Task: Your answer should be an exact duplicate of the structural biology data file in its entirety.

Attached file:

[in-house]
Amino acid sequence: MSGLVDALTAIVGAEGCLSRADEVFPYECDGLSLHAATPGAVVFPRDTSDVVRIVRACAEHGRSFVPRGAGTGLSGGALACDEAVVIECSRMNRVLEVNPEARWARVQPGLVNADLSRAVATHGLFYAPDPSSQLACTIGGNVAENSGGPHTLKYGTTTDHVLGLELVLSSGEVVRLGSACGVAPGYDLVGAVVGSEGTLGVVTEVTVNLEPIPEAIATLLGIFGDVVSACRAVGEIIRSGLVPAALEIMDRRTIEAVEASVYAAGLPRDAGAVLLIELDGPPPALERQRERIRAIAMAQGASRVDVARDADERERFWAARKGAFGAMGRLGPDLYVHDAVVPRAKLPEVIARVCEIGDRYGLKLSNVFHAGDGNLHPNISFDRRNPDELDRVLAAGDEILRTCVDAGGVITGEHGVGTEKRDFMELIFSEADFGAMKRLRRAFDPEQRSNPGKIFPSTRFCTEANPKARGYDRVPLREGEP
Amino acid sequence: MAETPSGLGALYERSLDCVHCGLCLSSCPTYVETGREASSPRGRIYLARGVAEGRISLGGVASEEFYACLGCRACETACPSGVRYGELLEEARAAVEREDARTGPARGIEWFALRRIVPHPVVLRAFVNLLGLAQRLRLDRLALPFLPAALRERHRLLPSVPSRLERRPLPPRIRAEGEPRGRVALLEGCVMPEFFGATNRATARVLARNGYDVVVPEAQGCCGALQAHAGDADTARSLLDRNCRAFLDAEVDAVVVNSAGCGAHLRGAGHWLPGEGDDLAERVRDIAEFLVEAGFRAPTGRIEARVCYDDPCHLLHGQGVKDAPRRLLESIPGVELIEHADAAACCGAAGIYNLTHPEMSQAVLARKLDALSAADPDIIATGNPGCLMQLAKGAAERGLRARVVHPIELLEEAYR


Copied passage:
[in-house]
Amino acid sequence: MSGLVDALTAIVGAEGCLSRADEVFPYECDGLSLHAATPGAVVFPRDTSDVVRIVRACAEHGRSFVPRGAGTGLSGGALACDEAVVIECSRMNRVLEVNPEARWARVQPGLVNADLSRAVATHGLFYAPDPSSQLACTIGGNVAENSGGPHTLKYGTTTDHVLGLELVLSSGEVVRLGSACGVAPGYDLVGAVVGSEGTLGVVTEVTVNLEPIPEAIATLLGIFGDVVSACRAVGEIIRSGLVPAALEIMDRRTIEAVEASVYAAGLPRDAGAVLLIELDGPPPALERQRERIRAIAMAQGASRVDVARDADERERFWAARKGAFGAMGRLGPDLYVHDAVVPRAKLPEVIARVCEIGDRYGLKLSNVFHAGDGNLHPNISFDRRNPDELDRVLAAGDEILRTCVDAGGVITGEHGVGTEKRDFMELIFSEADFGAMKRLRRAFDPEQRSNPGKIFPSTRFCTEANPKARGYDRVPLREGEP
Amino acid sequence: MAETPSGLGALYERSLDCVHCGLCLSSCPTYVETGREASSPRGRIYLARGVAEGRISLGGVASEEFYACLGCRACETACPSGVRYGELLEEARAAVEREDARTGPARGIEWFALRRIVPHPVVLRAFVNLLGLAQRLRLDRLALPFLPAALRERHRLLPSVPSRLERRPLPPRIRAEGEPRGRVALLEGCVMPEFFGATNRATARVLARNGYDVVVPEAQGCCGALQAHAGDADTARSLLDRNCRAFLDAEVDAVVVNSAGCGAHLRGAGHWLPGEGDDLAERVRDIAEFLVEAGFRAPTGRIEARVCYDDPCHLLHGQGVKDAPRRLLESIPGVELIEHADAAACCGAAGIYNLTHPEMSQAVLARKLDALSAADPDIIATGNPGCLMQLAKGAAERGLRARVVHPIELLEEAYR